Navy commander from Illinois to plead guilty in military's worst corruption case

<div class="meta image-caption"><div class="origin-logo origin-image wls"><span>WLS</span></div><span class="caption-text">Commander Michael Vannak Khem Misiewicz  (U.S. Navy )</span></div>
An ABC7 I-Team Exclusive
For years, U.S. Navy officials made Commander Michael Vannak Khem Misiewicz the face of diversity, achievement and triumph.

The I-Team has learned Commander Misiewicz will become the picture of corruption on Thursday afternoon.

In one of the military's greatest falls from glory, Commander Misiewicz, 48, will plead guilty in a case that alleges he traded military secrets for prostitutes, luxury travel arrangements and tickets to a Lady Gaga concert.

It will hit especially hard in the tiny northwestern Illinois town of Lanark, where Misiewicz was a star high school football player on a championship team and went on to become its biggest celebrity-giving a Memorial Day address three years ago.

Misiewicz was indicted more than two years ago in San Diego in what is considered the worst corruption case ever in the U.S. Navy. Misiewicz allegedly ran an old-fashioned pay-to-play scheme and was charged along with a Navy investigations special agent and the CEO of a private defense company who allegedly siphoned hundreds of millions of dollars from military contracts.

He is one of 11 defendants in the case and will be the eighth to plead guilty. Corruption charges are pending against a senior Pentagon civilian and a former Navy contracting official living in Singapore.

Prosecutors said Misiewicz schemed by email, planning party weekends around the world.

"Should I ask more guys from the office if they want to go to Lady Gaga concert? Thanks!" Misiewicz once wrote to contractor Leonard Glenn Francis, who pleaded guilty in the case.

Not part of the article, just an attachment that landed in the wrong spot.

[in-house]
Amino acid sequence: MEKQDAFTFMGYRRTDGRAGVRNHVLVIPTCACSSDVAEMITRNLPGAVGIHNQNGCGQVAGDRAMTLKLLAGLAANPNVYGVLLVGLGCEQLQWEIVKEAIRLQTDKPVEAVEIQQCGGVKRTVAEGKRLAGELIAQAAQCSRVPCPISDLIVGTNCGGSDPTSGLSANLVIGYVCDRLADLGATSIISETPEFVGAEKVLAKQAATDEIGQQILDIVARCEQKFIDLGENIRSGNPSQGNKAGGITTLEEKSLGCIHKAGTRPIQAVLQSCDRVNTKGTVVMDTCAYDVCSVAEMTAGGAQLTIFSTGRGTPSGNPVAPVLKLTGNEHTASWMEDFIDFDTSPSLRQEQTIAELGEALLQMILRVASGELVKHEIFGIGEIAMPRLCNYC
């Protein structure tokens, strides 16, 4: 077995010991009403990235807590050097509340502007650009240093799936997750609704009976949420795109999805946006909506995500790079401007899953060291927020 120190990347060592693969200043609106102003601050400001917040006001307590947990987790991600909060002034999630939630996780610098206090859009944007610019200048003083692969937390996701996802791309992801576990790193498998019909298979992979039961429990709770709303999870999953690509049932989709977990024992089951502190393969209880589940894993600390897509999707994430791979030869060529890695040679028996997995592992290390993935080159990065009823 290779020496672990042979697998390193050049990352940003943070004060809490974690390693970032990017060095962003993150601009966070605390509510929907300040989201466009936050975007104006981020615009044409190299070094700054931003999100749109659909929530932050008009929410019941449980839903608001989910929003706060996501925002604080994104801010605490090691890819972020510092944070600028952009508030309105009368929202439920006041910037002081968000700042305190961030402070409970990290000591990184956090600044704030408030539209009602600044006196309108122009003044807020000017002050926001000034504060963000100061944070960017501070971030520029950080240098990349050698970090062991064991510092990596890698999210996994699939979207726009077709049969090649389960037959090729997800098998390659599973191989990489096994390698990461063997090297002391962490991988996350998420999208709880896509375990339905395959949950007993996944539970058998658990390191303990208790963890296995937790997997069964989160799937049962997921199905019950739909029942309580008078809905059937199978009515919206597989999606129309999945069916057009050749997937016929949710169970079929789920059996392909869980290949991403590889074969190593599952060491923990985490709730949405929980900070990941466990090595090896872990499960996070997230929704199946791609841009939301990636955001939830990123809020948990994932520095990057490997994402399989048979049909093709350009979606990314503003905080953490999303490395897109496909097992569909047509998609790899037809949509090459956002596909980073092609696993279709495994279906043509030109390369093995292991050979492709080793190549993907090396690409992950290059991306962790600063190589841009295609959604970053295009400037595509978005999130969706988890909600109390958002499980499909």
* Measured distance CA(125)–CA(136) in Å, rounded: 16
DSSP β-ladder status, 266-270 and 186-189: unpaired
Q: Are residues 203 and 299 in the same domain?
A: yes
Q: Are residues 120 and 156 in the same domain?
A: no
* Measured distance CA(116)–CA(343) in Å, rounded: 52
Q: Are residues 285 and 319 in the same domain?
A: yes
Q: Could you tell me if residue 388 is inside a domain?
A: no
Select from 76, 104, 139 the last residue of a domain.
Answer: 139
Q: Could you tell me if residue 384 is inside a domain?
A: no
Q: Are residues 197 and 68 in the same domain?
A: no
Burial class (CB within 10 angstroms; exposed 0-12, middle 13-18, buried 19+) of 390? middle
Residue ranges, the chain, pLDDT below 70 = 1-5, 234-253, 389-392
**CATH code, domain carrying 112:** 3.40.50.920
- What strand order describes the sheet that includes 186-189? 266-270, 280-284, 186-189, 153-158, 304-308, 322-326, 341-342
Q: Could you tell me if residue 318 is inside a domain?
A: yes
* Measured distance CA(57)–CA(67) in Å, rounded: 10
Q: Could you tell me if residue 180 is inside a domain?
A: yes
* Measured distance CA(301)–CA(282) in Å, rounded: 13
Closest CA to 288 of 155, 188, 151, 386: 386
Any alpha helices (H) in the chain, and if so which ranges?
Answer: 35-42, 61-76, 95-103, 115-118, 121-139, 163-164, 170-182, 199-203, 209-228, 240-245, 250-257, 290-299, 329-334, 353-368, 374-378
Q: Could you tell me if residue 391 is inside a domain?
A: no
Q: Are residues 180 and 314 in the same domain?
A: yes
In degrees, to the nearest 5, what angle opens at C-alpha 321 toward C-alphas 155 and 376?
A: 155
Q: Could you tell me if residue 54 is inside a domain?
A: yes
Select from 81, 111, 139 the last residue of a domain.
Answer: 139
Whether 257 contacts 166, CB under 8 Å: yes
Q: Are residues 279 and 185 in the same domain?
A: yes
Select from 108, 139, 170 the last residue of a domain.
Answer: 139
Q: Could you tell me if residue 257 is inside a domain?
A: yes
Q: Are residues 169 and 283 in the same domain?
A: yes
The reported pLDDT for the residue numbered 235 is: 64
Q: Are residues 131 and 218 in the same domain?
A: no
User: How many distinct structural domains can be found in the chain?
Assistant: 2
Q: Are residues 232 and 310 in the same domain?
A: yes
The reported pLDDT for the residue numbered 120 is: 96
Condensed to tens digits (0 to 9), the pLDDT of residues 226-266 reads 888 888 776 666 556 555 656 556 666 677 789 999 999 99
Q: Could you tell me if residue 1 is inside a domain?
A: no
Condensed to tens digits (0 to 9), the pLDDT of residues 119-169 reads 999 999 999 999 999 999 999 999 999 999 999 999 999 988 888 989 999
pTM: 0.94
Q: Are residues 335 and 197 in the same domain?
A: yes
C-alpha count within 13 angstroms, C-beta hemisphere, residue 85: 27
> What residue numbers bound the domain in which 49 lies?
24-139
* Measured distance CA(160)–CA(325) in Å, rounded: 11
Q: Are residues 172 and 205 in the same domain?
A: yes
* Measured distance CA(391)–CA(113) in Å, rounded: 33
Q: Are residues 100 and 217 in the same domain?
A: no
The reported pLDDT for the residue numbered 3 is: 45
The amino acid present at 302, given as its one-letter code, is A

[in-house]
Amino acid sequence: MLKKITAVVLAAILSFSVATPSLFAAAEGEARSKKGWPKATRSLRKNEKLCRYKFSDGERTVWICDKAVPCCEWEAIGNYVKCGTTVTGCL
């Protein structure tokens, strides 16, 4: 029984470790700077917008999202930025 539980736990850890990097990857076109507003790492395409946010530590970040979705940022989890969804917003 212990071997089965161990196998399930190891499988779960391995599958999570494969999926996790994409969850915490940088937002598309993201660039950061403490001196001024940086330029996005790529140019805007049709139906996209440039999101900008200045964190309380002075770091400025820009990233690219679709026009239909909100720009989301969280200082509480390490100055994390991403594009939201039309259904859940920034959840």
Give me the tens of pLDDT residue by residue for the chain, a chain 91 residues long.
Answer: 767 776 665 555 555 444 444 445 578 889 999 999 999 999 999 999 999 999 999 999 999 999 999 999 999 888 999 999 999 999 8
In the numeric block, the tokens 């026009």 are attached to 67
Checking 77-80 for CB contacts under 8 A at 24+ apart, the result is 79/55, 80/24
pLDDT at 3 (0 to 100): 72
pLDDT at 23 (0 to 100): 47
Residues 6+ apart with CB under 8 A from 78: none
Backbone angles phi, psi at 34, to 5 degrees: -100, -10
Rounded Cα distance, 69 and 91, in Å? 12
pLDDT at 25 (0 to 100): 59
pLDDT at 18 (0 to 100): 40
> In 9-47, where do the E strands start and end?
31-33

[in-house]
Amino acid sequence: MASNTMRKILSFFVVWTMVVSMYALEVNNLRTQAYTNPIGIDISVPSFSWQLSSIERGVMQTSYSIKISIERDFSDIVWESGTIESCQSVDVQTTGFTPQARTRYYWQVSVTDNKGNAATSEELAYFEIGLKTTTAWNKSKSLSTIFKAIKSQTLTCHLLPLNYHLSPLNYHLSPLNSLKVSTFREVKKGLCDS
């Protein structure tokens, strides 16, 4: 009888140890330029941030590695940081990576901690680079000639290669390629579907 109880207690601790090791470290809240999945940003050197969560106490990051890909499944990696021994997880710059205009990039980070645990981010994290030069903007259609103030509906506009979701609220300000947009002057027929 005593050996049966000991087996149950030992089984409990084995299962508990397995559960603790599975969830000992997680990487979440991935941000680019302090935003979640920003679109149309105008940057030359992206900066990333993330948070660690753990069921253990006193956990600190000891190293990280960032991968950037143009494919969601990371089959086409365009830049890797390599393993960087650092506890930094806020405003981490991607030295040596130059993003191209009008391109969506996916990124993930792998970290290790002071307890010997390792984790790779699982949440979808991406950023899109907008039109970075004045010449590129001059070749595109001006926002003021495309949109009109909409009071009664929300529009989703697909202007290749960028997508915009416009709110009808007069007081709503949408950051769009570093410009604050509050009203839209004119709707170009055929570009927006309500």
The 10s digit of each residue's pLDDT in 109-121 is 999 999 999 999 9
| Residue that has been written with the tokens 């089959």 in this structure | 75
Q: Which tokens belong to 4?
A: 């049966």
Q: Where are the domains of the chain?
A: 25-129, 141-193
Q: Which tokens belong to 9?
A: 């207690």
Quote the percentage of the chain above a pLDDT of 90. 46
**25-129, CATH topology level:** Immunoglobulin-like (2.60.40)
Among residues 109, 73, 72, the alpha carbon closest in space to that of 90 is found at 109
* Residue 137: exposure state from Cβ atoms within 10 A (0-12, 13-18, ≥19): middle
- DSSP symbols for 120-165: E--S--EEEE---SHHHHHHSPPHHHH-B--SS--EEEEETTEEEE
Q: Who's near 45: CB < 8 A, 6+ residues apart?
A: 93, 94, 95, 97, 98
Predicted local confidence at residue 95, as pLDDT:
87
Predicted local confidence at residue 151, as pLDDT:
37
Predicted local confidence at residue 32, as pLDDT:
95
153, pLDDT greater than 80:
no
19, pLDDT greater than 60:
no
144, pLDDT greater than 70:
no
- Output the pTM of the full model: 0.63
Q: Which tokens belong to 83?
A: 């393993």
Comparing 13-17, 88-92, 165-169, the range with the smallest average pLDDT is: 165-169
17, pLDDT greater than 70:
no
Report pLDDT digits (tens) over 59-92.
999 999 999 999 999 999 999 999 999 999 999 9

Francis, a Malaysian native known as "Fat Leonard" due to his girth, and several current and former Navy officials have already admitted to trading classified information for lavish hotel rooms and hookers.

As part of the scheme, Misiewicz leaked confidential information including ship movements, that Francis then used to secure lucrative contracts for support of U.S. submarines and aircraft carriers, according to prosecutors in southern California where the case was filed.

Authorities cite an email exchange between Misiewicz and Francis concerning the 2012 Lady Gaga appearance in Thailand, discussing "who might be 'cool'" to invite to the concert.

"Who are the new players on the team I need to line up the Targets and fun house," Francis wrote. "Don't chicken out bro we need u on with us on the front lines."

According to the indictment, "Targets" was code for hookers.

About a month after the show investigators say Misiewicz forwarded Francis several classified documents. The payoff for such information that was useful in contract negotiations, was often hookers and Misiewicz had a preference for Japanese women, authorities say. But the graft didn't end with sex. Sometimes payoffs involved family outings, prosecutors say.

Commander Misiewicz, his wife and children were flown to Tokyo in 2010. According to court documents, Francis arranged tickets to see "The Lion King".

Misiewicz was born in Cambodia but escaped the Killing Fields in 1973 when a Freeport, Illinois woman brought him to the United States. Maryna Misiewicz was serving in the Army in Phnom Penh at the time. She got him out just before the ruthless Khmer Rouge took over Cambodia.

Misiewicz graduated from Lanark High School in 1986 and enlisted in the Navy, eventually working at the Pentagon for the director of naval operations. He also commanded several Navy ships.

In 2010, the same year the investigation began, Misiewicz became a media darling for the military when he made an emotional return to his native Cambodia, where he had been rescued as a child. His homecoming was widely covered by international media.

Now, the sordid details of the corruption case have also taken a toll on Misiewicz's marriage to a Lanark High graduate Marcy Rahn. Thursday in San Diego federal court, the one-time golden boy of the high seas is scheduled to stand alone next to his attorney, admitting that he committed crimes.
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